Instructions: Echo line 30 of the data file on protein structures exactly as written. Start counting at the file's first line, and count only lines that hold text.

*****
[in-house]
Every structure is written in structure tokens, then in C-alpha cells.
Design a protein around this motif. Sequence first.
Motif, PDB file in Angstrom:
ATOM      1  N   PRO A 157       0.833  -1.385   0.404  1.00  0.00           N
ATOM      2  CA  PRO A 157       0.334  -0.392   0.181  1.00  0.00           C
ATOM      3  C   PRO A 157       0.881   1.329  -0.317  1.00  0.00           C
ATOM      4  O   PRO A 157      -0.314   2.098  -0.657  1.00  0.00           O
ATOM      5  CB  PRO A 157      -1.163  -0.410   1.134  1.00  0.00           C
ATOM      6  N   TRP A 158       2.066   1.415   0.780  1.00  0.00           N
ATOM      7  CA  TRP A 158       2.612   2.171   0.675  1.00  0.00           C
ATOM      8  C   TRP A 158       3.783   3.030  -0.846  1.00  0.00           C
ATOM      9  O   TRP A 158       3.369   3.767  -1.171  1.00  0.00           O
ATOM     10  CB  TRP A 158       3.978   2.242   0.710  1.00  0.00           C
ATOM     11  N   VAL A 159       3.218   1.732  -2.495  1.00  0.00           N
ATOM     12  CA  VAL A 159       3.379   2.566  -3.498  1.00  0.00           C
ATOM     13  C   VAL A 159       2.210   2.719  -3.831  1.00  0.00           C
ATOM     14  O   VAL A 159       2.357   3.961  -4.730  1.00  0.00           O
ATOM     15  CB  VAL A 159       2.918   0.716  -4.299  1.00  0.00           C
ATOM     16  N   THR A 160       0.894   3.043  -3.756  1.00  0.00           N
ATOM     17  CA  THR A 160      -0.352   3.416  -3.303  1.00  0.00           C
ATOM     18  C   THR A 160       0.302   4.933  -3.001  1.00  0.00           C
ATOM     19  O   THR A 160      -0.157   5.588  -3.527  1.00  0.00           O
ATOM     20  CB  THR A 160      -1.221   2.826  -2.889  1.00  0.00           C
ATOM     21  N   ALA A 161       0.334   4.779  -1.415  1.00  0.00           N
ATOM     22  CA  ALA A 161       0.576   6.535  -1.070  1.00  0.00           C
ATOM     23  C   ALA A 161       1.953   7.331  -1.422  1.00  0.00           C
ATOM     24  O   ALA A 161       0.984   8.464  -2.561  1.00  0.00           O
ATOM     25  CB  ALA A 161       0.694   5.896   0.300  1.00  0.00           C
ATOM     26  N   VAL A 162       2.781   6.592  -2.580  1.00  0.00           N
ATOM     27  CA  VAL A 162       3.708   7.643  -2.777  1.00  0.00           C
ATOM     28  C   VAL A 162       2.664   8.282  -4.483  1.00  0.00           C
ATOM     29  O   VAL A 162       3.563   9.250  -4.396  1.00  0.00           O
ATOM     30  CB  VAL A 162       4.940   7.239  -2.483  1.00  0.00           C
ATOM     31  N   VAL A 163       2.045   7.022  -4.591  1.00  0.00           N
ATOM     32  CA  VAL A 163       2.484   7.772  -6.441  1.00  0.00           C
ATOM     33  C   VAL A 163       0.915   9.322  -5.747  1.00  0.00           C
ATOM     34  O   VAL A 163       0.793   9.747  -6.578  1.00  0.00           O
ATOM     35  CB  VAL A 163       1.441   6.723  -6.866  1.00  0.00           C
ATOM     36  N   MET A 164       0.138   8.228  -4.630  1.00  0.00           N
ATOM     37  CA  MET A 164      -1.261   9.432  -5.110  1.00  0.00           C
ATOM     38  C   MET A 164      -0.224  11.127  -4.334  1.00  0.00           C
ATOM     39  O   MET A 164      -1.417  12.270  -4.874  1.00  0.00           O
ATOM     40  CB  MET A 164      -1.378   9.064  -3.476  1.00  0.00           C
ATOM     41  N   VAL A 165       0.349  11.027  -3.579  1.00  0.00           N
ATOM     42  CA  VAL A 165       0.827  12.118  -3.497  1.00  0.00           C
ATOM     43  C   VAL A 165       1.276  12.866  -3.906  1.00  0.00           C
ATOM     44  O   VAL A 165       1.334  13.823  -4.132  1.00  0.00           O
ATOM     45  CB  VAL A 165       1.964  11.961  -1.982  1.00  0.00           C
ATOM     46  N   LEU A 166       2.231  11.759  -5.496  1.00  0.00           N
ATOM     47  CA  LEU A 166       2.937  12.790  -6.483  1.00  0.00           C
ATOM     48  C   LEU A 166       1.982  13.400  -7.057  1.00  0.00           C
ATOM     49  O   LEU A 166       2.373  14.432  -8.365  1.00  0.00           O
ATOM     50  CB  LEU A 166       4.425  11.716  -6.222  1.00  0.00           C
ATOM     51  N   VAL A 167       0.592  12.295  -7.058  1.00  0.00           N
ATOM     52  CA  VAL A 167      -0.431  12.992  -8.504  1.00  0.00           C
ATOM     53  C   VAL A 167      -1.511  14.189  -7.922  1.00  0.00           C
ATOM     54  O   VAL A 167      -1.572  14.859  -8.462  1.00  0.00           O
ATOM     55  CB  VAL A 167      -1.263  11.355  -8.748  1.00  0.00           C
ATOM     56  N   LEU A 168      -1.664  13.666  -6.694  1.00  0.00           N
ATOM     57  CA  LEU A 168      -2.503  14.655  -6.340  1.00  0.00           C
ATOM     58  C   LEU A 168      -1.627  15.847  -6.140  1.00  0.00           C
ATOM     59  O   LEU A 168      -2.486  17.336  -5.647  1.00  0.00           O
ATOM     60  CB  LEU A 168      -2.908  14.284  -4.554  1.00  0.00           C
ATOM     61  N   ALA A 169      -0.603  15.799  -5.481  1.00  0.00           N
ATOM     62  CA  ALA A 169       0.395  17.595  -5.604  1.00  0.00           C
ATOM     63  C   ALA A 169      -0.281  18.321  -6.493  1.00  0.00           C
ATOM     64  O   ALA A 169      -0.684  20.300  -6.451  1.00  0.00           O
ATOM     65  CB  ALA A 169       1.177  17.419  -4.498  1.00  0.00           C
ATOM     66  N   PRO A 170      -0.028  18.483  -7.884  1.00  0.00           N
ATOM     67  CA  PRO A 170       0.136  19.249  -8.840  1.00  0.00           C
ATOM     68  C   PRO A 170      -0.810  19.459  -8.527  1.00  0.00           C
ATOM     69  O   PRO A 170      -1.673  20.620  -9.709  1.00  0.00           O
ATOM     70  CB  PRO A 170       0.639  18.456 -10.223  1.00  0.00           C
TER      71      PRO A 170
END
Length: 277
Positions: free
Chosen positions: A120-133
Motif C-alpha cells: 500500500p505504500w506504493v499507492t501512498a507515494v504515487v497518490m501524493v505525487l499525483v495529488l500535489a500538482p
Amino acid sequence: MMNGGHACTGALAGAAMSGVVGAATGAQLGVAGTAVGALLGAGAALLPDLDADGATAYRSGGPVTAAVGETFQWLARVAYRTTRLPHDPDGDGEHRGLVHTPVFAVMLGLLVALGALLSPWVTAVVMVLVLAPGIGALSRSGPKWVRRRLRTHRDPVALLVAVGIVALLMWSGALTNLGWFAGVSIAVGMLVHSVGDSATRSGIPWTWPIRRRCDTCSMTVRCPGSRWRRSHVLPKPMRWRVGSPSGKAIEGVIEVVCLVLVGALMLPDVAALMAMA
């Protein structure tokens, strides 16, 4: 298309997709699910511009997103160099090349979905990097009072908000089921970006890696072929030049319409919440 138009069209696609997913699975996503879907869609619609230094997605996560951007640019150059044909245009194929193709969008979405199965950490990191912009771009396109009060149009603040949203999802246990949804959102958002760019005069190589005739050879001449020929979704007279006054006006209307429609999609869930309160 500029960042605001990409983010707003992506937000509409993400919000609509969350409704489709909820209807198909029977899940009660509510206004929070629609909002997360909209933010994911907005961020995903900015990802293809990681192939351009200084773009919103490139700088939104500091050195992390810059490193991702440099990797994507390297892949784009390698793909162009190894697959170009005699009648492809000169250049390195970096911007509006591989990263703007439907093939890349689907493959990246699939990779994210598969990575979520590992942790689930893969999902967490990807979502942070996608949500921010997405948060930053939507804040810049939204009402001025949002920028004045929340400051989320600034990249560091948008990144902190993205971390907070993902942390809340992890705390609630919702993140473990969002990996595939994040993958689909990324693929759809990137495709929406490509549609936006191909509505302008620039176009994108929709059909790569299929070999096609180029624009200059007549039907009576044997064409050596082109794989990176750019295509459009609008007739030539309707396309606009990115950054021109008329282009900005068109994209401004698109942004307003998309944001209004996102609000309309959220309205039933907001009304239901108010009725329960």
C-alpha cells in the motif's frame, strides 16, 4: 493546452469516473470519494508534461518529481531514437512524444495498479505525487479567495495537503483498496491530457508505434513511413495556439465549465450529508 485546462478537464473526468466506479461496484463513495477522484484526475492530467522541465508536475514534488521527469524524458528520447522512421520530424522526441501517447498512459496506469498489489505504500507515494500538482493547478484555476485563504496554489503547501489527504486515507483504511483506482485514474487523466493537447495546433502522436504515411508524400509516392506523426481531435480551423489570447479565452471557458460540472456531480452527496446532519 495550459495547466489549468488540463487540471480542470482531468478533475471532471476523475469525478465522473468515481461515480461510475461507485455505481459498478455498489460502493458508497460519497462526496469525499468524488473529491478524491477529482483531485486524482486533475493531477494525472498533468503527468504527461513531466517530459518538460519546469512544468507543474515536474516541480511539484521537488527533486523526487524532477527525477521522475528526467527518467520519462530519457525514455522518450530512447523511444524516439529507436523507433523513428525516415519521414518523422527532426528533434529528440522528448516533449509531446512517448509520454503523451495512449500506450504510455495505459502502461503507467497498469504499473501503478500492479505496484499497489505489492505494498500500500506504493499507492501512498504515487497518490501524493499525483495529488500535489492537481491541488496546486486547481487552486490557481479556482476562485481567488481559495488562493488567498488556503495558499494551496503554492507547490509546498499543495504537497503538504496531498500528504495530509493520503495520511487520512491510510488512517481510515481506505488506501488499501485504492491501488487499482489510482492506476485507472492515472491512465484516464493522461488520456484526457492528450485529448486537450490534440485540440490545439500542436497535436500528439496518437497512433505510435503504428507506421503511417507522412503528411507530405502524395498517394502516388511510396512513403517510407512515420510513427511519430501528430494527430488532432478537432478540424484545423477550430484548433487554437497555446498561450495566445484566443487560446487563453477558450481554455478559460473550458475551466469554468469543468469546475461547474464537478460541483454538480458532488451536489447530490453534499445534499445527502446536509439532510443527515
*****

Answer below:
ATOM     26  N   VAL A 162       2.781   6.592  -2.580  1.00  0.00           N